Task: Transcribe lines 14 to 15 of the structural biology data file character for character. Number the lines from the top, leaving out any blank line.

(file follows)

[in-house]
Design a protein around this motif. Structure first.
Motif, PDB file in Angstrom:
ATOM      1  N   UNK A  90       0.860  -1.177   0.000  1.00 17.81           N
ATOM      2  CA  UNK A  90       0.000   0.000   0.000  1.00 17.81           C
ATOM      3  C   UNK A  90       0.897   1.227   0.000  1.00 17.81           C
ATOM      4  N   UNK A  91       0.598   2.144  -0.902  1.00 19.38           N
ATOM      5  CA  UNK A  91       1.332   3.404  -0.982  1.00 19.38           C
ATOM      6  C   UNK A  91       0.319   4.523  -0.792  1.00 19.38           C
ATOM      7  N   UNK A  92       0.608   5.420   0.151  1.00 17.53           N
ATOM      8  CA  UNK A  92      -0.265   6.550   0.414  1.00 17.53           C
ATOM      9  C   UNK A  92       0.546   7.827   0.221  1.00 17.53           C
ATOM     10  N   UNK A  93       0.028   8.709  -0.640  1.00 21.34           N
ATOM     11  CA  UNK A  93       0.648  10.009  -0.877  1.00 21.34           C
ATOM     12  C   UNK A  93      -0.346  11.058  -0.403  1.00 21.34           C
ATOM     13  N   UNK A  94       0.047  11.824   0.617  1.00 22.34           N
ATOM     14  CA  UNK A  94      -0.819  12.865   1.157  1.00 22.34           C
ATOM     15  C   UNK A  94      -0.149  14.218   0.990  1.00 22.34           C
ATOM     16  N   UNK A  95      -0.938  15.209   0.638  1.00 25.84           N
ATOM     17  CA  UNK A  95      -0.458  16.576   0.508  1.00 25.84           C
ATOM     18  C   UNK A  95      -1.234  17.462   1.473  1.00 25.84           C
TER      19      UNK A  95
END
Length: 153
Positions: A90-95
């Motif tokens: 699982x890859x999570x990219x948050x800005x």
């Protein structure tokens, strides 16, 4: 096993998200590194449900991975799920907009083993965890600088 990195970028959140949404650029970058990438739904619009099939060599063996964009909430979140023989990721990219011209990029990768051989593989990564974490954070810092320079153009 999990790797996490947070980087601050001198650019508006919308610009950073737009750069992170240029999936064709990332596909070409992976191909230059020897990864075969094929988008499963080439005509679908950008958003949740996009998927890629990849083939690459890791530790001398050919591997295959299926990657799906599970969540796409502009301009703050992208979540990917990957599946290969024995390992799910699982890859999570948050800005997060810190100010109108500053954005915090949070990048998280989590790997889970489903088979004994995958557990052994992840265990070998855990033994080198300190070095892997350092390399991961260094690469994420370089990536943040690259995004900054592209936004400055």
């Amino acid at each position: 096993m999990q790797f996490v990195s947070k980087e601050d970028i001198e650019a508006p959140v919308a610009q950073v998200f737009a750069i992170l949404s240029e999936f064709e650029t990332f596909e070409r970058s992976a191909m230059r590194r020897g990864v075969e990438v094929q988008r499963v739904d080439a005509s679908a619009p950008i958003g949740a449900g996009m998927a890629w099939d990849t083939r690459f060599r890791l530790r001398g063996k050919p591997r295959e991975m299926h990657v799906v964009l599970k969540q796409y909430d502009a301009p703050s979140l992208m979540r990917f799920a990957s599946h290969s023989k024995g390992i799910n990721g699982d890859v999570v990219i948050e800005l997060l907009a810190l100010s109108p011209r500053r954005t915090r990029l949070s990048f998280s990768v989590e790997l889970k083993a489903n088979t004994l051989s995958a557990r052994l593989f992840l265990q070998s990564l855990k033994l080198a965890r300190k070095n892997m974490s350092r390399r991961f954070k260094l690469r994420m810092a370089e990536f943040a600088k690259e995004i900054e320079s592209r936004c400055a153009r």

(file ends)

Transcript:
ATOM     11  CA  UNK A  93       0.648  10.009  -0.877  1.00 21.34           C
ATOM     12  C   UNK A  93      -0.346  11.058  -0.403  1.00 21.34           C